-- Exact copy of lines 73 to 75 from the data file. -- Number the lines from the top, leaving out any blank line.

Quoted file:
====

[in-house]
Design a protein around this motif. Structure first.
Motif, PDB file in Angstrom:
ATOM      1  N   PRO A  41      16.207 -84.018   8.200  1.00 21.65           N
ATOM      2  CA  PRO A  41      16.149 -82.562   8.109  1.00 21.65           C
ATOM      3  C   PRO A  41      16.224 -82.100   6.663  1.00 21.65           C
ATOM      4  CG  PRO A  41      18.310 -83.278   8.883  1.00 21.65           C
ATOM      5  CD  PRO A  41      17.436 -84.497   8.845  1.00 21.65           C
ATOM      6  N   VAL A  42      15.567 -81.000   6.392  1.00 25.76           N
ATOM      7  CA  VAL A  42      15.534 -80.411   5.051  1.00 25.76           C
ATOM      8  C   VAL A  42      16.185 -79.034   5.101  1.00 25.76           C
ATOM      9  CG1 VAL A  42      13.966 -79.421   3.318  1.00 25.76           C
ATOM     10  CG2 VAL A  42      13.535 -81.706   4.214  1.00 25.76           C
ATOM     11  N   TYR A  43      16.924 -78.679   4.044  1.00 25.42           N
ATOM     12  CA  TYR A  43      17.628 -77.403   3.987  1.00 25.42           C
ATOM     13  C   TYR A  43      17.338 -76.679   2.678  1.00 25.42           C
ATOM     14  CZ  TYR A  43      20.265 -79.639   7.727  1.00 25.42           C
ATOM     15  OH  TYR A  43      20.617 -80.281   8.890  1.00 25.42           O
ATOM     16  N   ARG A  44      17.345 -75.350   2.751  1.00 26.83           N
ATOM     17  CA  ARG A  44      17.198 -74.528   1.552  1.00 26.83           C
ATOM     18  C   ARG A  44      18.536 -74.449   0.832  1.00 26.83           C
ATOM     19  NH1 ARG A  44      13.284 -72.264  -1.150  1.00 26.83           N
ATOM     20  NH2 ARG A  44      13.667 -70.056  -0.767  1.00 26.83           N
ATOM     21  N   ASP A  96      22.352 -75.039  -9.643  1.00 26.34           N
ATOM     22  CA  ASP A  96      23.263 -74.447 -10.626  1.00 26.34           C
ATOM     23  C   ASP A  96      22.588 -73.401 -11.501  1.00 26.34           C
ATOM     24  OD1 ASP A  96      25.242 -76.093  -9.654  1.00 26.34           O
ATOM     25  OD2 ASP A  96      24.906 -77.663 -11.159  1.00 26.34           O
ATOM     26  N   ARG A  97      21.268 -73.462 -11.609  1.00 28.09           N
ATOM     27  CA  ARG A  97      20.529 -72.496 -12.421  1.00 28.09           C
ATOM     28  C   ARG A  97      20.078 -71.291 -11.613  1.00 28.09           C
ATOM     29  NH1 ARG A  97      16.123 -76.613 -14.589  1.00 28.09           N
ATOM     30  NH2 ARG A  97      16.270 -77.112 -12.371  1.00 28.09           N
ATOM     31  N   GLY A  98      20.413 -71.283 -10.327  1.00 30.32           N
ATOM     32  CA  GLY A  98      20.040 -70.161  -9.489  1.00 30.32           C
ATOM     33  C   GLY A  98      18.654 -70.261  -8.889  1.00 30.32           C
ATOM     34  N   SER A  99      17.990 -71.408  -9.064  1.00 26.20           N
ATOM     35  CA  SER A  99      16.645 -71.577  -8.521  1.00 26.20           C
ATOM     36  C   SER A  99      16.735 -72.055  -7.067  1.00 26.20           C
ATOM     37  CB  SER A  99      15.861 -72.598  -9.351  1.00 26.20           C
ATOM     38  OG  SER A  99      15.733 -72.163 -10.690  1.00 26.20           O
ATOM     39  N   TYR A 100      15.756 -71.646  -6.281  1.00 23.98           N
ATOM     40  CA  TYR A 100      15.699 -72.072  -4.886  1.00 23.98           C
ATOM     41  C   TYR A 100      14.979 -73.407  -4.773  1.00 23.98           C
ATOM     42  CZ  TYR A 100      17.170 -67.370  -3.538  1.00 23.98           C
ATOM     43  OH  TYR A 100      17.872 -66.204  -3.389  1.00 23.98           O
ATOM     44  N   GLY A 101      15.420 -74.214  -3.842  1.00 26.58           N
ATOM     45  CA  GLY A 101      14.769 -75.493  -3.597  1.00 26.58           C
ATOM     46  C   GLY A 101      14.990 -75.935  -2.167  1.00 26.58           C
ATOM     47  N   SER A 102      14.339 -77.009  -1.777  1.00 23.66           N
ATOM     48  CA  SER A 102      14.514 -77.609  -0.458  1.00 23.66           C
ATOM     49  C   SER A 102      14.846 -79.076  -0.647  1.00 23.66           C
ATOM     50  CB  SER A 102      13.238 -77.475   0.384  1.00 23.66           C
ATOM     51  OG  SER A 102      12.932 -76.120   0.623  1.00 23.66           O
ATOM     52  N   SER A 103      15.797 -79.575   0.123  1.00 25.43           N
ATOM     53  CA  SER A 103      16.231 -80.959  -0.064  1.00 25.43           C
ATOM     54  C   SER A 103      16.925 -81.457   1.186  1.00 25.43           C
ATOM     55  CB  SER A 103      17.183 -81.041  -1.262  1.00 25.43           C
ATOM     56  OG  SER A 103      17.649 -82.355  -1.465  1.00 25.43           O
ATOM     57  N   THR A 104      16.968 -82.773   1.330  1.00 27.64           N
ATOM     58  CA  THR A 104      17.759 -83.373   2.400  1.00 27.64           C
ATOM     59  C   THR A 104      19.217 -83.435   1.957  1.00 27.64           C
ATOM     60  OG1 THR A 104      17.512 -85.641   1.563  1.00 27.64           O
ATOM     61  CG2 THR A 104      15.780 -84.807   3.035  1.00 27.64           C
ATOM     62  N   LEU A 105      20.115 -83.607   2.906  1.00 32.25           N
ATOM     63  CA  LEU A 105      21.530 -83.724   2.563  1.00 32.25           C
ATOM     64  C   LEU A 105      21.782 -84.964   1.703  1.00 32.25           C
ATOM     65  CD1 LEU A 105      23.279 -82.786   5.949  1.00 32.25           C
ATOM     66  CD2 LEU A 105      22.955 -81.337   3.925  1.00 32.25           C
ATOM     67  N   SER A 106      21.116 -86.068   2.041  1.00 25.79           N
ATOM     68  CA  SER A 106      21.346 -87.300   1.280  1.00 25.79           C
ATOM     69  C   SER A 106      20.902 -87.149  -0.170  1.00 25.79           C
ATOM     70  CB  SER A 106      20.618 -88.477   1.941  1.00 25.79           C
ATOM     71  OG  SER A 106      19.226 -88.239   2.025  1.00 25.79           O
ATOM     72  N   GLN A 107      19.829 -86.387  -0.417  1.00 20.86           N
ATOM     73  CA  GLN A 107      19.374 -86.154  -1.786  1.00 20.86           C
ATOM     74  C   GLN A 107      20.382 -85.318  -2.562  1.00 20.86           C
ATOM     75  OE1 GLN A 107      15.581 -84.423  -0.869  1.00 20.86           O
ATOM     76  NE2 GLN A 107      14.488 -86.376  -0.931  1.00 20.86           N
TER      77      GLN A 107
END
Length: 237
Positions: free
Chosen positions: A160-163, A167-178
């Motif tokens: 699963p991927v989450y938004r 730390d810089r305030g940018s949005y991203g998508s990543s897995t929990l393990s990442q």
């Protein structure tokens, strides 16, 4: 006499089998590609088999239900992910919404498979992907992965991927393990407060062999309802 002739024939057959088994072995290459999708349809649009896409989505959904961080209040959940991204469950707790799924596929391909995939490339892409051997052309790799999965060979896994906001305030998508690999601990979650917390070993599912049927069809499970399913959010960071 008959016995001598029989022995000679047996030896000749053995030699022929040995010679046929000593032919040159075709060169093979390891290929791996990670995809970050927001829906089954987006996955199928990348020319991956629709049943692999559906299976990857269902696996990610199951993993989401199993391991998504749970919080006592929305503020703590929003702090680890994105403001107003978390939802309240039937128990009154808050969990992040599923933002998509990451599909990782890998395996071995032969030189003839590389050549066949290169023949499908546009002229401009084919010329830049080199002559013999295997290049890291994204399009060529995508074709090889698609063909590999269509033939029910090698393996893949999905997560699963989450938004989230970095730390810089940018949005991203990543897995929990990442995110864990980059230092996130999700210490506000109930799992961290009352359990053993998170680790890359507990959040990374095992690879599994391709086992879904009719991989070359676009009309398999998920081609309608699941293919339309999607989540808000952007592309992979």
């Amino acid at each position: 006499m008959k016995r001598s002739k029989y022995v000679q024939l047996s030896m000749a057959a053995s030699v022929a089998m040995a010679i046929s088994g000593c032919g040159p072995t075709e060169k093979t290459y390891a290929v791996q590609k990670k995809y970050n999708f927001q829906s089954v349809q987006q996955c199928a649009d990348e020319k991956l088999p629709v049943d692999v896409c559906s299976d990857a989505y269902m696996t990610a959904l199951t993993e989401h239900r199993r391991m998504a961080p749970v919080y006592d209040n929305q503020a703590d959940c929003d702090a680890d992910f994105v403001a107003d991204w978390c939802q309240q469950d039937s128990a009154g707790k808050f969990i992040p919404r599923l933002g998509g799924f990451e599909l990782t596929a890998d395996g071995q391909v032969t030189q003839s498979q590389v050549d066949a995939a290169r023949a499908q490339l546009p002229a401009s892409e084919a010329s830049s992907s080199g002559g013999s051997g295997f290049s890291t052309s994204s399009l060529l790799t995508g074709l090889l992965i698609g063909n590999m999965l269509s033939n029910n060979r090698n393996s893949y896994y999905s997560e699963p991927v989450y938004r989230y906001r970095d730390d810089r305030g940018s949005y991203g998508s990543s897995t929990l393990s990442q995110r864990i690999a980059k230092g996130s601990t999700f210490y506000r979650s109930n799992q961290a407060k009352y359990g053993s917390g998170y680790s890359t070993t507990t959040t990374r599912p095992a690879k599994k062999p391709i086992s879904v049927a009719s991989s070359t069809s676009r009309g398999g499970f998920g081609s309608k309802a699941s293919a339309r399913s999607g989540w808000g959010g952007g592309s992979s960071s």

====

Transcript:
ATOM     70  CB  SER A 106      20.618 -88.477   1.941  1.00 25.79           C
ATOM     71  OG  SER A 106      19.226 -88.239   2.025  1.00 25.79           O
ATOM     72  N   GLN A 107      19.829 -86.387  -0.417  1.00 20.86           N